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Spruce-fir is among the most extensive forest types in Colorado, covering approximately 4.6 million acres or 19 percent of the state’s forested lands.

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Spruce-fir also has the largest number of acres in public ownership (Benson and Green 1987)1. The slow-growing Engelmann spruce (Picea engelmannii), in association with the smaller, narrow-crowned subalpine fir (Abies lasiocarpa), forms the vast green vistas so typical of Colorado’s high country or subalpine zone, but aspen and other conifers also may occur. The spruce-fir combination often results in a climax-type forest at high elevations, despite the existence of many uneven-aged stands. This is because both species are shade tolerant and tend to quickly repopulate shaded gaps in the forest.

The return interval for naturally occurring fires within the spruce-fir forest may be 300 years or longer. Unlike many other Colorado forest types, spruce-fir forests are not adapted to fire. Thin bark and the persistence of dead lower limbs increases the spruce’s susceptibility to fire as well as the likelihood of intense crown fires and tree mortality. In the case of a stand-replacing fire, it may take as long as 300-400 years for a spruce-fir forest to regenerate.

Threats to Spruce-Fir Forests

Threats to spruce-fir include fire and native insects such as spruce beetle and western spruce budworm, particularly in times of drought or when trees are otherwise stressed.

At lower elevations, Engelmann spruce forests can contain more moisture than any other stand type in the state. Snow packs may exist well into summer and water yield from these forests is very important.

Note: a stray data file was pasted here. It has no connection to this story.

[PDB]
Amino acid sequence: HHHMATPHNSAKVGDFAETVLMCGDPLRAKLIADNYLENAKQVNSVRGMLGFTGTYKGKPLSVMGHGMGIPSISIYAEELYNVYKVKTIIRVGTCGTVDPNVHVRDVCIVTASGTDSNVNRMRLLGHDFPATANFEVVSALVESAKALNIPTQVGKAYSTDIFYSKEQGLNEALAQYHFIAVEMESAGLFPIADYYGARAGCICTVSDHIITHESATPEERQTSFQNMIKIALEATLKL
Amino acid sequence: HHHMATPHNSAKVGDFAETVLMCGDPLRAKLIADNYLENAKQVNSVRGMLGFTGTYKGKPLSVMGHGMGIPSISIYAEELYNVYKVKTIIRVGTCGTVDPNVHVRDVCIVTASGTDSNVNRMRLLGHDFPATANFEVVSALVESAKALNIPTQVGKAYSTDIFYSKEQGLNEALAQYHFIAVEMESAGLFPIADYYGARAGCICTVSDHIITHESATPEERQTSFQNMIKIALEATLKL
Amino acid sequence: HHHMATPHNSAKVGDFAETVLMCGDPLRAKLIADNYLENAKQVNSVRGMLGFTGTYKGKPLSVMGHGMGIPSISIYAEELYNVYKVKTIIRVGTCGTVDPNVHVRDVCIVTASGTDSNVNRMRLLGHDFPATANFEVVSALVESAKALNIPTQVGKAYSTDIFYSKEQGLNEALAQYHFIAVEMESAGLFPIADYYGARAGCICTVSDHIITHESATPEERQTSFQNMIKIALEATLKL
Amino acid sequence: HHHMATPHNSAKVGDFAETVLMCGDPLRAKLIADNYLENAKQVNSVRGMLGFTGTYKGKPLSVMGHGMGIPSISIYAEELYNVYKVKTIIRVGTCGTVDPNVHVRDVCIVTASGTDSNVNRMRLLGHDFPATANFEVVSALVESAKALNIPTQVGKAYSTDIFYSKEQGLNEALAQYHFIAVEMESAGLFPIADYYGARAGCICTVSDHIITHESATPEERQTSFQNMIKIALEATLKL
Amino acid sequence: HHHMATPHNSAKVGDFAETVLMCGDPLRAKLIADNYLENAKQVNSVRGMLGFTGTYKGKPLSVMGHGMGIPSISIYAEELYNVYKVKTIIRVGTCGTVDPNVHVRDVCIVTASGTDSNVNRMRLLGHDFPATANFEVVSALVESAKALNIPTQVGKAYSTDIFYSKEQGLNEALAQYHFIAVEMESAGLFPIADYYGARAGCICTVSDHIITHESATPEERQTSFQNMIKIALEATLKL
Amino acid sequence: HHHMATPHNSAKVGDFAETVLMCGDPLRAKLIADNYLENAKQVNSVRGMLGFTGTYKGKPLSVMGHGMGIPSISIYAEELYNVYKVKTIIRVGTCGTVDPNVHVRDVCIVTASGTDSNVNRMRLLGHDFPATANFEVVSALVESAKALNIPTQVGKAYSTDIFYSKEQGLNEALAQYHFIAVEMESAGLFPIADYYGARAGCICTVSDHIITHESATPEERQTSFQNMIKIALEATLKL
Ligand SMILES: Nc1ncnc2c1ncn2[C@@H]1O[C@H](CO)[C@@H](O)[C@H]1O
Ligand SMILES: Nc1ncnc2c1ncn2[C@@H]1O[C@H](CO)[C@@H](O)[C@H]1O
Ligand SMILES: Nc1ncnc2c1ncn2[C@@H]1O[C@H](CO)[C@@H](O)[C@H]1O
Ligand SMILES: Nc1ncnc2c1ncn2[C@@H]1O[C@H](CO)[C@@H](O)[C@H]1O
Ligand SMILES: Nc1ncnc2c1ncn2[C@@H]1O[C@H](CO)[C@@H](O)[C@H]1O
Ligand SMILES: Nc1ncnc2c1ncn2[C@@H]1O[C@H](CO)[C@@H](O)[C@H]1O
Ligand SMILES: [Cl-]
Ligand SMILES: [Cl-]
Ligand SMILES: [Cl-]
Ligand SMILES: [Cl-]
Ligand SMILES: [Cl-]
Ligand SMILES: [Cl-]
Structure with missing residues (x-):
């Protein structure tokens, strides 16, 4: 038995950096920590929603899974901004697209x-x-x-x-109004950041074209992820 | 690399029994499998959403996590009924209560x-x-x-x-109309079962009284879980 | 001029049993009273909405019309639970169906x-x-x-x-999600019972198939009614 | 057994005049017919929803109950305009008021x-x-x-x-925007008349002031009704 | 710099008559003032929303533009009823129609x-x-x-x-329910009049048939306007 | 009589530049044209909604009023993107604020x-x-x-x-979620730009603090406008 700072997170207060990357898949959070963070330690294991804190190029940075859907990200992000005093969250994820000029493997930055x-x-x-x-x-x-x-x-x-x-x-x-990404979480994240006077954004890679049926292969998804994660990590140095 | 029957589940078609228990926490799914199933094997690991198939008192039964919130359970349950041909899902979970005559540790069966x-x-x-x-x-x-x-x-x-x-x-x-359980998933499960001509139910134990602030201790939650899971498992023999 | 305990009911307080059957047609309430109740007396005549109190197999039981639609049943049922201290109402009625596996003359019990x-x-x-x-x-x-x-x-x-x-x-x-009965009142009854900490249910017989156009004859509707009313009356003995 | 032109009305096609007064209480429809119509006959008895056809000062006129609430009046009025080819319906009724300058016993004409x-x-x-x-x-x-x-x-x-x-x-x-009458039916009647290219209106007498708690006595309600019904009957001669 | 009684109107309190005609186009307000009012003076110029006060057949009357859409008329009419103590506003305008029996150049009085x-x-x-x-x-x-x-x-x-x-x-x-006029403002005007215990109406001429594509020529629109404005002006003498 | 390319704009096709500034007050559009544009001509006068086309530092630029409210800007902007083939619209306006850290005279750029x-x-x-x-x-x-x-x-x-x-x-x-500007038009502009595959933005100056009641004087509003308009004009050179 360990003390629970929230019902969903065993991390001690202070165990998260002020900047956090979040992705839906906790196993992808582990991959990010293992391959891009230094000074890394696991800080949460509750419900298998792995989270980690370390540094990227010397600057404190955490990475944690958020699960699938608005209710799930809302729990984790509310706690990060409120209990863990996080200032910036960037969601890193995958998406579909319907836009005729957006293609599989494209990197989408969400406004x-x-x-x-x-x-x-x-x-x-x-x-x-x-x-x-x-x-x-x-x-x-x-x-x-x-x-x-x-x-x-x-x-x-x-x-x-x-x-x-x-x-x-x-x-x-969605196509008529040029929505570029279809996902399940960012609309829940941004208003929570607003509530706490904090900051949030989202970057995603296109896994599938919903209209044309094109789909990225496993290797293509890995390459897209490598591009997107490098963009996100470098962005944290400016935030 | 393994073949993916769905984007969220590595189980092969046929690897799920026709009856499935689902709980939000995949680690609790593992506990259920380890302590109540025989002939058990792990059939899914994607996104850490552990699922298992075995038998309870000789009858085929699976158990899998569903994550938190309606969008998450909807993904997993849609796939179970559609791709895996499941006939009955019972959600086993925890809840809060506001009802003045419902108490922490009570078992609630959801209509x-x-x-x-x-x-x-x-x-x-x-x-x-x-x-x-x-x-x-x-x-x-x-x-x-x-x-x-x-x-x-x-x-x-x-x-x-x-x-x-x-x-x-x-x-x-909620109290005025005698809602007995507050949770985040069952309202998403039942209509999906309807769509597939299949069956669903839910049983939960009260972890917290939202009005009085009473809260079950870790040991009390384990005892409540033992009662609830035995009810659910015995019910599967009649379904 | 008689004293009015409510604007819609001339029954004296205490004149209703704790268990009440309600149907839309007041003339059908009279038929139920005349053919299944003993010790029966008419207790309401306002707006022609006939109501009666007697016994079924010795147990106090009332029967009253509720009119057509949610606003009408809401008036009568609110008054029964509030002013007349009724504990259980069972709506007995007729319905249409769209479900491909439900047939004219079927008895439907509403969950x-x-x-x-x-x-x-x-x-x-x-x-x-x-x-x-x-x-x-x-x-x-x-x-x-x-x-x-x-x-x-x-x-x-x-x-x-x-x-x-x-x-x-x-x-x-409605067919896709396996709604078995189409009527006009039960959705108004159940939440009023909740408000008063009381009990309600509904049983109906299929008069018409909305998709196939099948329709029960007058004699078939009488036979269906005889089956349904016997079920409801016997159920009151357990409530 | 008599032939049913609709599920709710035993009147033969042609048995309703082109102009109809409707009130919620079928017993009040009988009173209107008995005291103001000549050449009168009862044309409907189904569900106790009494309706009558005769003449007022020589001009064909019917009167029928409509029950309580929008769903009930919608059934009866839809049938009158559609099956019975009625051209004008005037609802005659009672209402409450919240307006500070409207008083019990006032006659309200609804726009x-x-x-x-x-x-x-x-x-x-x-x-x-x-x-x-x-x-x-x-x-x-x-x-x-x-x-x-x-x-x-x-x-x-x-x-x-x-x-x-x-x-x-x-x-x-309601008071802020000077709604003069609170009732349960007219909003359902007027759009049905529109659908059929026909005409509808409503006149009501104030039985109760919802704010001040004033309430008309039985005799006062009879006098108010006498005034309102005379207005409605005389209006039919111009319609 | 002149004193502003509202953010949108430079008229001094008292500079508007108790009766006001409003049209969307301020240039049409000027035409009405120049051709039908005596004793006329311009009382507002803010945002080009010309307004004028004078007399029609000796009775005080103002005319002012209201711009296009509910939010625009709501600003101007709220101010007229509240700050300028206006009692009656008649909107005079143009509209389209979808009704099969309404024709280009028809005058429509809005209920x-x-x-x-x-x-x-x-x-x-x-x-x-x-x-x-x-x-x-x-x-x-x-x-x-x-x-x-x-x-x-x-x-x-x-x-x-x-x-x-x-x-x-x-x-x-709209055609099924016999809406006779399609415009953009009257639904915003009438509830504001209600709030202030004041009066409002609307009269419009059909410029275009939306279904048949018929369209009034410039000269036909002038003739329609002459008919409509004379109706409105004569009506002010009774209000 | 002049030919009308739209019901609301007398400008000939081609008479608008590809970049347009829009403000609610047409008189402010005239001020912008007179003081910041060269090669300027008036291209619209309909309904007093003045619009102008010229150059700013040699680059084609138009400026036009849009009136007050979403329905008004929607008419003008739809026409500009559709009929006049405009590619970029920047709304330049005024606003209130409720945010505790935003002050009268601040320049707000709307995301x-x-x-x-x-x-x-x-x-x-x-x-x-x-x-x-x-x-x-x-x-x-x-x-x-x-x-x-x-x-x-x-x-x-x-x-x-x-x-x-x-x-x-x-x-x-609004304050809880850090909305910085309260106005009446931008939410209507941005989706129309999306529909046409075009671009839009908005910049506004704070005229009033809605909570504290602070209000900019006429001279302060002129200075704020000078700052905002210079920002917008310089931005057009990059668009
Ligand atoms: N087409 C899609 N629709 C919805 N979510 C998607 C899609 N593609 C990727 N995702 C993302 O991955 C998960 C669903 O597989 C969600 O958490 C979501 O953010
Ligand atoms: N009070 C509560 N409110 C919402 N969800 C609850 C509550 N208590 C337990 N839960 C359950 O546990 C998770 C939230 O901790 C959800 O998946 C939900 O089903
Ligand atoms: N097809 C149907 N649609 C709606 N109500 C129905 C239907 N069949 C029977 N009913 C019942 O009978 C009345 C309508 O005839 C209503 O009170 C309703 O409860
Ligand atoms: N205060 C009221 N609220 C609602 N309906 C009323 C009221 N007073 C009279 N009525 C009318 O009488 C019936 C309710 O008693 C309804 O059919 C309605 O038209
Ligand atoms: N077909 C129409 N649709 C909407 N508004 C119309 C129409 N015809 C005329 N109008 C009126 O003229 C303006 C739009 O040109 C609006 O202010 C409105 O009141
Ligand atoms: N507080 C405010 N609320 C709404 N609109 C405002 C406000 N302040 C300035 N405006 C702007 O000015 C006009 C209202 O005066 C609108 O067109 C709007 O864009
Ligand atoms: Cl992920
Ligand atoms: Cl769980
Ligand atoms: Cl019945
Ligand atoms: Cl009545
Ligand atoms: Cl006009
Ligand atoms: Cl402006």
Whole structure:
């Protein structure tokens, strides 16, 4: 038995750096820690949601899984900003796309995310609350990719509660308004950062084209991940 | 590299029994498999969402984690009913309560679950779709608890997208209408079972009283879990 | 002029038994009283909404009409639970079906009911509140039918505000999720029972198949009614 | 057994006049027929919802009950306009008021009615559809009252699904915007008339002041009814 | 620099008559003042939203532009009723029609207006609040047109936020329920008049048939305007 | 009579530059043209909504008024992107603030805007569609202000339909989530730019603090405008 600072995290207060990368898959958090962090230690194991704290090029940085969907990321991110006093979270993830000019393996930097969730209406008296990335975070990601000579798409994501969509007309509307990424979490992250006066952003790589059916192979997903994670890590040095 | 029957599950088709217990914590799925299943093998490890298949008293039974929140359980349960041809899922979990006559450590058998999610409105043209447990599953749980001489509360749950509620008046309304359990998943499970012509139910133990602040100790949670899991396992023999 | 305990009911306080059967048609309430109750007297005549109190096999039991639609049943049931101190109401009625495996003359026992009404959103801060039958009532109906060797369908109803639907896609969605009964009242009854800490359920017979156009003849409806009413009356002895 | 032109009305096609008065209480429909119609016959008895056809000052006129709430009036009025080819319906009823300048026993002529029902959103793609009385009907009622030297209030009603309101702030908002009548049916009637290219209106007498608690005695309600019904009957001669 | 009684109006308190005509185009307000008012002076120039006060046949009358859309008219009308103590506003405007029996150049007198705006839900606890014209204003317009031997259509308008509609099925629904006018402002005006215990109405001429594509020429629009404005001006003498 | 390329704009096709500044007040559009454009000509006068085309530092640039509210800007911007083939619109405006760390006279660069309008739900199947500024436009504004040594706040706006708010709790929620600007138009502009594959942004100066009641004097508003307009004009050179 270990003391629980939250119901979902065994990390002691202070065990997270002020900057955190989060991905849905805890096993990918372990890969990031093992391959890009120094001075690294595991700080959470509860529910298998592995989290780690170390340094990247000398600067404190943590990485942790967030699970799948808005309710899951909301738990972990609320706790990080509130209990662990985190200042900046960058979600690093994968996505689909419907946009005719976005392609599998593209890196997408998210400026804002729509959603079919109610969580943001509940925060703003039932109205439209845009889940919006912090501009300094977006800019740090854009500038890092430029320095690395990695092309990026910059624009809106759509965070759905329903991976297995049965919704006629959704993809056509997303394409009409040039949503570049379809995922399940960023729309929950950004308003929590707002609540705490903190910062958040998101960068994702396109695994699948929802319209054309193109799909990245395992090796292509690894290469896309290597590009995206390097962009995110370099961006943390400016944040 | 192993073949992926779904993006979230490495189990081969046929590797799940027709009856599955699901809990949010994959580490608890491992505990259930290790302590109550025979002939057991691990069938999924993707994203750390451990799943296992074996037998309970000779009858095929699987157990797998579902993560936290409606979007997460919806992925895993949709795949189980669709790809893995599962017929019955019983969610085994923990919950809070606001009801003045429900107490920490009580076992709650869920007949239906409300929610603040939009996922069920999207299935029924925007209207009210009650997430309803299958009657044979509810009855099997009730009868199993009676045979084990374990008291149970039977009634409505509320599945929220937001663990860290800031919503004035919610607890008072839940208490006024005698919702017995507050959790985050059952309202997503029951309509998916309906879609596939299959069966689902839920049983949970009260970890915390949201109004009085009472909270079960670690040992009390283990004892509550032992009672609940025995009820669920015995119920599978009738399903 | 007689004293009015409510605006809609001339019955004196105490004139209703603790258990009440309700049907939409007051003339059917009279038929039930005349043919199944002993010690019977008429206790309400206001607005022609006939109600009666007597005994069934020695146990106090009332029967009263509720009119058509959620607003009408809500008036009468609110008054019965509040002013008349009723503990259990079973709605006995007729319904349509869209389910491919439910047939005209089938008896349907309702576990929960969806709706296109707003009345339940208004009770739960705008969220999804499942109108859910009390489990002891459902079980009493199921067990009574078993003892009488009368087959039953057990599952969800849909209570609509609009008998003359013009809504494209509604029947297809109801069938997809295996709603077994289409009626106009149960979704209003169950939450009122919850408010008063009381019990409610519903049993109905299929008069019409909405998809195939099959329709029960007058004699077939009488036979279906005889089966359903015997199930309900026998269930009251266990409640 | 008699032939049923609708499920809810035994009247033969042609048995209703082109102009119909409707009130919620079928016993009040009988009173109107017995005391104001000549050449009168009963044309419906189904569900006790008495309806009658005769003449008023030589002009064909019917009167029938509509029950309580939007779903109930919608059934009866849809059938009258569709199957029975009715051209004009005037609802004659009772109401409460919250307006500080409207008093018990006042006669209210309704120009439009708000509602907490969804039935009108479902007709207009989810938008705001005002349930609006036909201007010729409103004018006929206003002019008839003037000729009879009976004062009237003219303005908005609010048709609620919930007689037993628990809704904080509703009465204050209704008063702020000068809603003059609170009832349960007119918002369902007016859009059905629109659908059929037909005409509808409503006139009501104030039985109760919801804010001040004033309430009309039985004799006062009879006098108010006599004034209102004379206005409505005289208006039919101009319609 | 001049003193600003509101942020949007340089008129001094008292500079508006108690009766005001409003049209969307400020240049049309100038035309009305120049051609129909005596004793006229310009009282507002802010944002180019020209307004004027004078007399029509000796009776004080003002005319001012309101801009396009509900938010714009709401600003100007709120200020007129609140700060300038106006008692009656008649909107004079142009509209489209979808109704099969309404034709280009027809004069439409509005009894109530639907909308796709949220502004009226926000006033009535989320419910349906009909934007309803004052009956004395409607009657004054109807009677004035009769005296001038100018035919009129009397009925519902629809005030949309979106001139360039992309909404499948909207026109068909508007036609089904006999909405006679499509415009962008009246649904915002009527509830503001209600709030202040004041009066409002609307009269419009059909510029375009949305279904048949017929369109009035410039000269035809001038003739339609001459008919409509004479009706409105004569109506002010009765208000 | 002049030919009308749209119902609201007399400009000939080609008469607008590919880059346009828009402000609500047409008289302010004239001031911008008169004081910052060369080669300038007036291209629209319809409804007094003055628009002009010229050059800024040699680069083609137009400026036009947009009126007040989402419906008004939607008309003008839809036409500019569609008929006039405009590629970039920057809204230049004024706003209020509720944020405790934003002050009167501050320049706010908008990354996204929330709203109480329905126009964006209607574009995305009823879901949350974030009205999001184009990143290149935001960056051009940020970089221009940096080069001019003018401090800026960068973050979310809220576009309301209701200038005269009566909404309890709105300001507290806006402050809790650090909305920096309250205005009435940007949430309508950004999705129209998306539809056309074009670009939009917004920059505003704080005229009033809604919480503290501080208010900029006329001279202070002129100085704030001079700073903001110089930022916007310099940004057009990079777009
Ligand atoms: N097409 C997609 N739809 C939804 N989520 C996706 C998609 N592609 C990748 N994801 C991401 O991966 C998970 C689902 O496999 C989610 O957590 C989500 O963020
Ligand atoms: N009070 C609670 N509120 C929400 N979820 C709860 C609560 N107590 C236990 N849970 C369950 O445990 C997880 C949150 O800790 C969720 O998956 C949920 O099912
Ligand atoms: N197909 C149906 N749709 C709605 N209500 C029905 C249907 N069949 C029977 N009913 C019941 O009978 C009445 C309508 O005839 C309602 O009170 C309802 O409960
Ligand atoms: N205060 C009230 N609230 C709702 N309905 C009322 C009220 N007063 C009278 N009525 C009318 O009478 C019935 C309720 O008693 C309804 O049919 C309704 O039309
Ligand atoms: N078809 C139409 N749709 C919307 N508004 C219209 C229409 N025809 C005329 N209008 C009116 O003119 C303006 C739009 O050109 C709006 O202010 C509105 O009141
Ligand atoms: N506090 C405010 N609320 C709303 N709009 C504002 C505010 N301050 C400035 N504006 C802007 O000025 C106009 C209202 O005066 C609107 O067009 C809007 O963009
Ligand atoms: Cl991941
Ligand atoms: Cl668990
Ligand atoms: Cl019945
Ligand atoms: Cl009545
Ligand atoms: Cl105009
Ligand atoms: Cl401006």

The Importance of Spruce-Fir Forests

Spruce-fir forests are highly valued for their contributions to water supply, recreation and wood products. The soft wood and uniform color makes spruce ideal for boards, mine props, plywood and musical instruments. Although there are fewer uses for subalpine fir, it can be made into lumber, produces fine Christmas trees and its aromatic resin serves as a basis for “pine-scented” products and adhesives (CSFS 2008)2.

Spruce-fir forests also provide important habitat to a number of subalpine wildlife species, including the red squirrel, snowshoe hare, pine marten, boreal owl, Clark’s nutcracker and three-toed woodpecker.

Learn More

Detailed information about the Engelmann spruce and subalpine fir may be found by visiting our Colorado’s Major Tree Species page and selecting the species from the menu on the left.

Text Citations

1Benson, R.E., and Green, A.W. 1987. Colorado’s Timber Resources. Resource Bulletin INT-48. Ogden, UT: U.S. Department of Agriculture, Forest Service.

2Colorado State Forest Service. 2008 Report: The Health of Colorado’s Forests – Special Issue: High Elevation Forests (9.5 MB PDF).

Data Sources


NatureServe. 2018. International Ecological Classification Standard: Terrestrial Ecological Classifications. NatureServe Central Databases. Arlington, VA. U.S.A. Data current as of 28 August 2018.

2017 Colorado Wildfire Risk Assessment, Colorado State Forest Service.

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Map powered by the Colorado Forest Atlas from the Colorado State Forest Service